Sealed lead acid batteries had been the goal of the battery industry since the time of Gaston Planté. But it was only in the 1960s that real advances were made. John Devitt was a key figure and early pioneer in the development of the first VRLA battery.
John Devitt and the sealed lead acid battery
On April 13, 1965, John Devitt, a 40-year-old electrical engineer, sent a memo to George Jenkins, head of research of the Gates Rubber Company, in Denver, Colorado. The nine page memo entitled “Lead-Acid Sealed Cells” was to revolutionize the battery industry.
Briefly, Devitt’s proposal recommended the development of a cell which would perform in a manner similar to that of the sealed nickel-cadmium batteries then being sold.
The proposed cell would provide high-rate discharge capability and thus would employ a spirally-wound electrode configuration. Importantly, it would use less expensive materials.
Devitt decided to become an electrical engineer in his third grade. By then he was making his own electromagnets, inspired by his mother’s high-school physics book.
“By the late 1940s, I was in graduate school at the University of Colorado Boulder, studying advanced electrical engineering,” says Devitt. “As I was also a musician, I was leading the university jazz band — where, by the way, the best players were engineering students! I was to send the written Dixieland chart music when we were finished with it to a fellow named Harry Sparkes Jr in New Jersey (Harry was a friend of the man who had written these charts).”
And here co-incidence, call it fate, intervened. “Soon after this, I met up with him and his father, Harry Sparkes Sr, in New York.” Sparkes Sr, who also happened to be vice-president of the AMF Corporation, agreed to read young Devitt’s degree-winning Masters thesis: an ingenious timing system for the Pikes Peak annual auto races.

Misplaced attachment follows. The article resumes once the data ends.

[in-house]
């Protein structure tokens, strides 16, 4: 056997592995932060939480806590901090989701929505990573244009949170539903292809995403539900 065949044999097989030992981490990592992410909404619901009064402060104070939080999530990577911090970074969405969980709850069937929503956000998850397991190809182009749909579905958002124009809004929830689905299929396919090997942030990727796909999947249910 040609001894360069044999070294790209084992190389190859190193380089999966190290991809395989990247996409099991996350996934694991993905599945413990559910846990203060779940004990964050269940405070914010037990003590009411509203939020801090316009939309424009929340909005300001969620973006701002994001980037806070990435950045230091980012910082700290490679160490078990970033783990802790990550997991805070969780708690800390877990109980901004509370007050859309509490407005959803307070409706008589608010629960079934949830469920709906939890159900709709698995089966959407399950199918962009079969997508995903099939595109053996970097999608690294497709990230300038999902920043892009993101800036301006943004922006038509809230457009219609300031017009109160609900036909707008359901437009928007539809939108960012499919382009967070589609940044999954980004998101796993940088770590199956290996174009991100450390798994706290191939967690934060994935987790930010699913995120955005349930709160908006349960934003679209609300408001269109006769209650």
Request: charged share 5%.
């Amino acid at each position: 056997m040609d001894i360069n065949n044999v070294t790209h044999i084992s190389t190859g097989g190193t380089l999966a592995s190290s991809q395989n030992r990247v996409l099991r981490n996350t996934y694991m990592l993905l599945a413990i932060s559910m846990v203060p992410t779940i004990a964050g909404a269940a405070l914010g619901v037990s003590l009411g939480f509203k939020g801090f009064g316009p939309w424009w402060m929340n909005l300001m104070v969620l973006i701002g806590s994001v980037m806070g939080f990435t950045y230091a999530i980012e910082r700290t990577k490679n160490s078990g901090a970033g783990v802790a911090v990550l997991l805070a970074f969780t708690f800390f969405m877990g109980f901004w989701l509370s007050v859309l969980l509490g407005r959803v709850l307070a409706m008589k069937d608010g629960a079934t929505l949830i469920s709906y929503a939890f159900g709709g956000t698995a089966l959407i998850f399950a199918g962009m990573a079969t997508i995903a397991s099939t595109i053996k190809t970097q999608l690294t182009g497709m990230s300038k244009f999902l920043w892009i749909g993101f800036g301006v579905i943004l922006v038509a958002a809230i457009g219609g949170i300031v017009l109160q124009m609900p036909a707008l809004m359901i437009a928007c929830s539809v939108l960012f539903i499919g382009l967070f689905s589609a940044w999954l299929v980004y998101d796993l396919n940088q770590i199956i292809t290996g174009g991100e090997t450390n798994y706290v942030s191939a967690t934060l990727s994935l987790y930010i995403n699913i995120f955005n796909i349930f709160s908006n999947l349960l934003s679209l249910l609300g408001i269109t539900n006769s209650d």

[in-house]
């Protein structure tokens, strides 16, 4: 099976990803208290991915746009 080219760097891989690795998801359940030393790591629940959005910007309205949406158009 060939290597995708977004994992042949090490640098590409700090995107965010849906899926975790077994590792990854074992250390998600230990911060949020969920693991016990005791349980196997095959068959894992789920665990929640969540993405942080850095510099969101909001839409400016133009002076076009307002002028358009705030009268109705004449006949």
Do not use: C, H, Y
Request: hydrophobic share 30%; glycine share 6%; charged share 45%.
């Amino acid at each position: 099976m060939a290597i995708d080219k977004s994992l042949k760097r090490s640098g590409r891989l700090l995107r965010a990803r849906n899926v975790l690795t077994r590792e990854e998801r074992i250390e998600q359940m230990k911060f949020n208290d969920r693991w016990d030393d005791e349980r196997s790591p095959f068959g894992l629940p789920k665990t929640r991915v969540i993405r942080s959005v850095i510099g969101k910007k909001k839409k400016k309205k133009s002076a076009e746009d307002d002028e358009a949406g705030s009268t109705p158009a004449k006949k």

“In 1950, when the time came for Sparkes to pick a chief engineer for his forthcoming battery factory in Colorado Springs, he tagged me,” says Devitt. “The objective was to manufacture silver-oxide/zinc batteries for air-to-air Navy missiles. At that time no one had come up with a reliable solution. So it was up to us.
“I was always the homework type, so I found articles in the Electrochemical Society publications by the Army Signal Corps guys, who had done it. By then my direct boss was Sam Auchincloss, another AMF vice-president. (He had been general MacArthur’s assistant signal officer in the Pacific during WW2 and knew the folks at the US Army Signal Corps Laboratories in Ft. Monmouth, who had done the successful work.) Sam and I went there, picked up the good recipes, and the rest was history.”
Between 1943 and 1955, Devitt had been on the US Naval Reserve. He would only ever hold the rank of lieutenant because the Navy preferred that he concentrate on battery development.
In 1955, not wishing to follow the AMF factory re-location to North Carolina, Devitt remained in Denver, where he helped set up what later became Power Systems Division of Whittaker Corporation. The Whittaker batteries, dry during storage, could be quickly filled with electrolyte by a self-contained mechanism which activated a fully charged battery.